During the last few months of her long life, we’d still take Scout to the park, where she’d meet up with her friends — Molly, Archie, King, Cooper, Pepper, Auden, Moose, and the rest of the canine crew. By this time, as the old lady of the dog run, she was given a lot of space, whether out of respect or, more likely, lack of interest, since she only occasionally made a half-hearted attempt to play.
She died in October at sixteen and a half (as with young kids, when you get very old, the quarter and half years matter). A husky-shepherd mix, she had come to us from Moose Factory, Ontario, as a five-month-old pup who had been found in a chicken coop. She was house-trained, so there had been at least some care, some sense that she was a pet to someone. Thanks to the tireless work of rescue organizations, she made the long trek south, like so many other northern dogs. Lucky for her and for us.
When we adopted her, our boys were eight and five. Now they are both grown and gone from home. So many of the memories I have of them over the past two decades include her, in my mind’s eye: at baseball and hockey games, birthdays, the cottage. Even skiing, where she once ran up the snow-covered hill to find us. She was the best girl ever, and that’s not just my opinion; it’s objectively true.
Scout had a terrific life here in the city, in part because Toronto is such a great place for dogs. I’m not sure why that is; maybe it’s a corrective to the Anglo chill that burrowed into this place for decades. Regardless, our four-legged friend was treated well pretty much everywhere she went. Shops welcomed her and gave her treats. They left water bowls outside to cool her down on hot days. The corner store around the block had her picture on the wall, and she was featured a couple of times in our local hardware store’s Instagram feed (@dogs_of_hardware). People would frequently stop to pat her — especially young kids who thought she might be a wolf. And there was the park, where she went most days, usually twice a day, for nearly two decades.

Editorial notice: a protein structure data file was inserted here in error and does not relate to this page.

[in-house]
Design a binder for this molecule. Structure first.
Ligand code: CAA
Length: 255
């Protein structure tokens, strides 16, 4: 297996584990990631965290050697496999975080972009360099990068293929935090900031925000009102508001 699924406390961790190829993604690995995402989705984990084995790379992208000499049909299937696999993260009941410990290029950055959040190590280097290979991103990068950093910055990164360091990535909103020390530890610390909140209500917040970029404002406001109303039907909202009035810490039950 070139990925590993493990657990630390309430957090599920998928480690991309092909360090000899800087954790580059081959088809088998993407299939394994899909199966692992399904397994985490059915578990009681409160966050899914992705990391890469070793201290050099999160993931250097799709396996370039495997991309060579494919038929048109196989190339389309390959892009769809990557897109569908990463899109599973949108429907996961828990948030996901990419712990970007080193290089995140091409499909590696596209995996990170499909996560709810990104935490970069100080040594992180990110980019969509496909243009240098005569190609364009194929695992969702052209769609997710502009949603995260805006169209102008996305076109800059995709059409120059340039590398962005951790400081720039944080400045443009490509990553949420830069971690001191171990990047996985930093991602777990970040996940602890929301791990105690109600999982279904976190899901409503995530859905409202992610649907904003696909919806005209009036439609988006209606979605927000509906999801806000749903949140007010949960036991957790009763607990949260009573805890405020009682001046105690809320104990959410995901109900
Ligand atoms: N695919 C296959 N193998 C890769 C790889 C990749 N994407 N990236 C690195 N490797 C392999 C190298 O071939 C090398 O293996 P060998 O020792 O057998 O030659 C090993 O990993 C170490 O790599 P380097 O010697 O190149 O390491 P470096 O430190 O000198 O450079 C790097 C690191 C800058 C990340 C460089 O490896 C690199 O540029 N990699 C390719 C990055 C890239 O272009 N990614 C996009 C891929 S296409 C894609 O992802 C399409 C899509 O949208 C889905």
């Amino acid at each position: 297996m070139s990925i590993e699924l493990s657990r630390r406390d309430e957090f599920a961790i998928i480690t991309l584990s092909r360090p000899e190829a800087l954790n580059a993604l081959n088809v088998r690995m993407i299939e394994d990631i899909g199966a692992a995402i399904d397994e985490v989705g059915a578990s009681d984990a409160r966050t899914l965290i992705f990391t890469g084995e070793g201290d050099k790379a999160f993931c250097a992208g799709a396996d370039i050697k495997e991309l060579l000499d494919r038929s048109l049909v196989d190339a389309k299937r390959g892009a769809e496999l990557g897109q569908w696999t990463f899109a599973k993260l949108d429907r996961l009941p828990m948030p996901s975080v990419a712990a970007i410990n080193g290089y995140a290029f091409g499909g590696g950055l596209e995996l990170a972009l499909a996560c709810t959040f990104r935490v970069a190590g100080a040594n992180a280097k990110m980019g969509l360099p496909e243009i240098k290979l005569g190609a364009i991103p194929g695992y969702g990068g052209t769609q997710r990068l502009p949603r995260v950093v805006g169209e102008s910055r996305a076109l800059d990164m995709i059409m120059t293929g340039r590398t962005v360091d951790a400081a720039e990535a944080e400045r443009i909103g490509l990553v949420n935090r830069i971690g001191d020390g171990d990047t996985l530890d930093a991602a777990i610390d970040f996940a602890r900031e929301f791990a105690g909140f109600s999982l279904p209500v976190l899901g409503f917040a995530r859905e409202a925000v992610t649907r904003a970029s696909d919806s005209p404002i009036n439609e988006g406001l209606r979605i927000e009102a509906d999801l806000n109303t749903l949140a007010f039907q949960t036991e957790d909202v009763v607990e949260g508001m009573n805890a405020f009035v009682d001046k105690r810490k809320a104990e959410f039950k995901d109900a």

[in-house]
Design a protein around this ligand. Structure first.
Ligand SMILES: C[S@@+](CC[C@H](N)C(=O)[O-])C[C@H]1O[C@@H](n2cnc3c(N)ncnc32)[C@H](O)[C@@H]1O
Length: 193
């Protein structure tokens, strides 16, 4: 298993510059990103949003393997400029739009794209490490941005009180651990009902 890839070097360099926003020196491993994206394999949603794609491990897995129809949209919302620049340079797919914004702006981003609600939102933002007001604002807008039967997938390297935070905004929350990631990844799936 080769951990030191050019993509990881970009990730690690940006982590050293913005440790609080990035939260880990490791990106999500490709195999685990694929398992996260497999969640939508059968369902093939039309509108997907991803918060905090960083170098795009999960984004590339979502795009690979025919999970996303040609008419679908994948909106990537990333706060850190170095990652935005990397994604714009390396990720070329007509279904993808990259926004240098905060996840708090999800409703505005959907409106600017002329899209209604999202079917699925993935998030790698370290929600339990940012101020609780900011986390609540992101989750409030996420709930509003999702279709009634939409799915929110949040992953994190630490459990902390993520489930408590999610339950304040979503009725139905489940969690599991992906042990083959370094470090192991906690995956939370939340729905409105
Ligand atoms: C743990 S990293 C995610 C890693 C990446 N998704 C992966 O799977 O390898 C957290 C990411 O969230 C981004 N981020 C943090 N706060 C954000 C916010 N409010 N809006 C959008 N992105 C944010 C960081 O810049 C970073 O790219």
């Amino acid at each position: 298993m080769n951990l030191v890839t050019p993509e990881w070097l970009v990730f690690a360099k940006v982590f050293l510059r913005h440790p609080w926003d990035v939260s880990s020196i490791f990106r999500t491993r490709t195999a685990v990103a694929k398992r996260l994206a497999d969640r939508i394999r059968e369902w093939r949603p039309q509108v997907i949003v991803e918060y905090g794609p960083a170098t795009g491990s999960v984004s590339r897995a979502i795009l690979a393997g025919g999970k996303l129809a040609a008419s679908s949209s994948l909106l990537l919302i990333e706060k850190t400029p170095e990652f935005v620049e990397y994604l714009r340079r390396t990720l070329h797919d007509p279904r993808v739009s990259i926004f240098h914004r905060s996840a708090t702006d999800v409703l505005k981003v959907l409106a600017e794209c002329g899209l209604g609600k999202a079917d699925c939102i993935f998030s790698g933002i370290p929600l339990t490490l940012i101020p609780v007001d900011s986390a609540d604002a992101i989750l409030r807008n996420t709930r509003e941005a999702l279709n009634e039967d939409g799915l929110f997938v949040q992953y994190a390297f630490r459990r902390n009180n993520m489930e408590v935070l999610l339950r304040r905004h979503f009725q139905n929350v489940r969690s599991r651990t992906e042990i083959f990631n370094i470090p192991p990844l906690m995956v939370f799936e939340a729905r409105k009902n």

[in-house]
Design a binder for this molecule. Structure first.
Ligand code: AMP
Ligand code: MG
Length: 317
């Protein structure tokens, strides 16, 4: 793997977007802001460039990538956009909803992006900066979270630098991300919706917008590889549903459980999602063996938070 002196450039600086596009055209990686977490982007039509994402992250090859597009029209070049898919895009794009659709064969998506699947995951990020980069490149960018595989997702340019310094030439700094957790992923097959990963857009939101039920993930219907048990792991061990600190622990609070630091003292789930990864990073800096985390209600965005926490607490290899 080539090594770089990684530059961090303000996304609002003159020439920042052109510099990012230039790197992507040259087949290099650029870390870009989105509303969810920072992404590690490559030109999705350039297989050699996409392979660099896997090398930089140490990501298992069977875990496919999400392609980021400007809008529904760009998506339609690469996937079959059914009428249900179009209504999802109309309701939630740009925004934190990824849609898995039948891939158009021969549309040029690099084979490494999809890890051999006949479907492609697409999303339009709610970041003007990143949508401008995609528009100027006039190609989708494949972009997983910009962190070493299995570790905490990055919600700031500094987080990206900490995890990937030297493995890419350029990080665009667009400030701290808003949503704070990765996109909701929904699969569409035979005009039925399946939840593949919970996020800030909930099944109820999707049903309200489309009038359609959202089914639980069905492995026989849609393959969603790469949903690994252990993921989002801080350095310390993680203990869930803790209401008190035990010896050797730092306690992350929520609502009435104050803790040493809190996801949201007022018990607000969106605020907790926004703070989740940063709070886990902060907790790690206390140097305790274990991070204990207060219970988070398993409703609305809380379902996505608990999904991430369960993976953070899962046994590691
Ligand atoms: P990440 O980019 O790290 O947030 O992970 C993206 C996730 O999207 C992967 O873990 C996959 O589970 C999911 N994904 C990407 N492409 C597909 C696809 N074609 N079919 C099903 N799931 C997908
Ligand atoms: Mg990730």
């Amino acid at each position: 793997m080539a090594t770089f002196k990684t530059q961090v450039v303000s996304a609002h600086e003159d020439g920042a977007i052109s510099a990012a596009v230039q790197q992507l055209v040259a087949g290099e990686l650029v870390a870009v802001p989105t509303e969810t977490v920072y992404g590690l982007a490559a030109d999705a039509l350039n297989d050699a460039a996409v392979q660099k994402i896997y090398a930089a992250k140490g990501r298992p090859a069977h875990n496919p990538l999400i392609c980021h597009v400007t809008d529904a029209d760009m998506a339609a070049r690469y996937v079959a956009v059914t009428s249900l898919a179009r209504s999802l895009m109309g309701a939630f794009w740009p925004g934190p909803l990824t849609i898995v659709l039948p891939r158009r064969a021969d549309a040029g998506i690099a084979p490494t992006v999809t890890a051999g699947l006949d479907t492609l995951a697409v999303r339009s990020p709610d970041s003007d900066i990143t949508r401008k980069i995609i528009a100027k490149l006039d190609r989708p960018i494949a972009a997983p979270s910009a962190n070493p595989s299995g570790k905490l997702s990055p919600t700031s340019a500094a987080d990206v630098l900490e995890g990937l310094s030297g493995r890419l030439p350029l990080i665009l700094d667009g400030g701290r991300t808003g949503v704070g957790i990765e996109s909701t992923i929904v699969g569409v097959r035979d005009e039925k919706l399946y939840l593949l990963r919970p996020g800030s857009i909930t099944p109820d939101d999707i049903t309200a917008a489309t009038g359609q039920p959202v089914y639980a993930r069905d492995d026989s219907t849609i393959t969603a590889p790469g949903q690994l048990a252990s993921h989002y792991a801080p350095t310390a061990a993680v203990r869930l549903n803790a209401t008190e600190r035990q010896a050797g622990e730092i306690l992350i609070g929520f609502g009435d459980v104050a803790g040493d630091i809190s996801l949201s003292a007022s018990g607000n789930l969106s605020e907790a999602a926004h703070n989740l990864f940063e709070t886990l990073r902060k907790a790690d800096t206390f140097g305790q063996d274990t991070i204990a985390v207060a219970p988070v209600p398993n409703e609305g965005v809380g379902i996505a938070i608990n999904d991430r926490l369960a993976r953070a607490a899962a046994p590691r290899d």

Dog parks are a unique microcosm of urban life. They’re local hubs where pet ownership provides the bond that leads to conversation and acquaintance. As in the ’80s sitcom Cheers, these public settings aren’t primarily about friendship (although some develop); they are more about social connection. New owners show up, and they become part of the pack, so to speak, while others move on, drift away, don’t really stay in touch beyond a wave on the street or a brief hello and scratch on the neck.
Conversation at the dog park is pretty much what you’d expect. It’s about everyday stuff. It’s about our pets, of course, but also about our kids. About school. About work, music, movies, and Netflix. It’s about neighbourhood events, apartment vacancies, and home renovations. It’s health advice and book recommendations and helpful suggestions about aging parents. It’s water-cooler talk without the water cooler, where people drift in and out, depending on whether they’re picking up after their dog, stopping Duke from humping Maddie, or intervening in the rare fight that goes from zero to a hundred faster than the greyhounds Claire and Florence (some dogs’ names have been changed to protect their owners’ privacy).
But as the foul pandemic outlasted the spring, then the summer, then the fall of 2020, I noticed that the dog park became more and more important for many of us dog owners. Whereas our chats used to be mostly informal and light, there now seemed to be a real urgency to interact. Owners stayed longer at the park, often joining other groups of people when their initial socially distanced bubble dispersed. Conversations also became more personal.
Mimi’s owner — with whom I had previously spoken only once or twice — confessed to being overwhelmed by working at home, or “living at the office,” as she put it. She would describe the impossible routine of her day, with a young daughter to care for, and wonder how she’d deal with the demands being placed on her. People have regularly felt comfortable opening up to me — a willingness to listen has been part of my job as a journalist. But this kind of personal sharing, coming from someone I barely knew (I still have no idea if Mimi’s owner is single or in a relationship), opened my eyes to some deep need to be heard as we all strained against a terrible year.